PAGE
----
2 min read

Blogging from a linux desktop

Yipeee!! Just one word - Fantabulous.

The most painless install ever. Well, actually, I haven’t yet completely migrated to Ubuntu, but I just might. Today, I downloaded the latest beta of Ubuntu codenamed”Feisty Fawn”. The thing that amazed me was that it had to use a restricted driver to get my Wireless working, but it did detected it and also most other hardware on my laptop. Amazing how far linux has come in the last couple of years. No wonder, Ubuntu has captured significant market-share from other linux distros. Now what is required to push wide-scale adoption, is to make a slicker interface. I know there is Gnome and KDE, but we need to rethink requirements. Greedy as I am, I fail to be satisfied by “better than windows” performance. It would be great if the Ubuntu developer push the envelope further, and develop something that can compete with MAC OSX.

Beagle, Banshee and Mono integration would be great. Also, I sorely miss voip functionality that skype and gtalk provide. What is my alternative? Anyone out there with a good app for voip? A developer edition anyone?!

It is amazing how much a little money and the eye for perfection can achieve. Kudos to Mark shuttleworth and his millions! :). Here are some of the features of the new release:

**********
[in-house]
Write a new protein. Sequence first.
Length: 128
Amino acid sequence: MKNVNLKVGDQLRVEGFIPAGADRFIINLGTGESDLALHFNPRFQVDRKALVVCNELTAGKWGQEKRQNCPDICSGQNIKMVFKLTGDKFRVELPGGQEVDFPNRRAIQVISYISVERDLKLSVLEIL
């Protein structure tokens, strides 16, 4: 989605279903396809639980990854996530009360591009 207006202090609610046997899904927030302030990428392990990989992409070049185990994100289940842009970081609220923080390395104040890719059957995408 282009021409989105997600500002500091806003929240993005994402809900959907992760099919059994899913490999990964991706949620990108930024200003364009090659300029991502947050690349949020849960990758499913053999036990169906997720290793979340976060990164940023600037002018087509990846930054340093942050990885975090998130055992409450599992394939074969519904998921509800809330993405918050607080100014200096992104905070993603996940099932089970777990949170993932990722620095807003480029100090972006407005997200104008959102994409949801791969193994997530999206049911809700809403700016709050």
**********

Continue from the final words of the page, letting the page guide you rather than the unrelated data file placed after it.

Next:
• A migration-assistant, which helps you move your data from your “old” OS into Ubuntu. Read old as Windows; Wink.
  • New Games: Sudoku and Chess
  • Disk Analyzer
  • VMI enabled kernel, for improved performance when running on VMware hypervisors
  • All new artwork
  • New Graphical Desktop Effects

Update: I just installed Ubuntu on my external USB drive using the QEMU processor emulator. There are several ways to run it off a USB drive.

  1. Create a vfat partition on the USB drive and install using the a special boot sequence as detailed here.
  2. Install on the USB drive and boot using GRUB - A how-to by DougLy.
  3. Run Ubuntu using QEMU. I went with this option, since I can switch between windows and linux without a reboot. Also, installing a small add-on , kQemu, increases the performance to almost that of a native install. There is a wonderful how-to here.
  4. run Ubuntu on Vmware. Do you want a how-to?

I need to have access to gtalk and skype for atleast the next few months, so that has prompted me to stick with an emulated version. I hope to move completely to Ubuntu around mid May. So let’s see what happens then!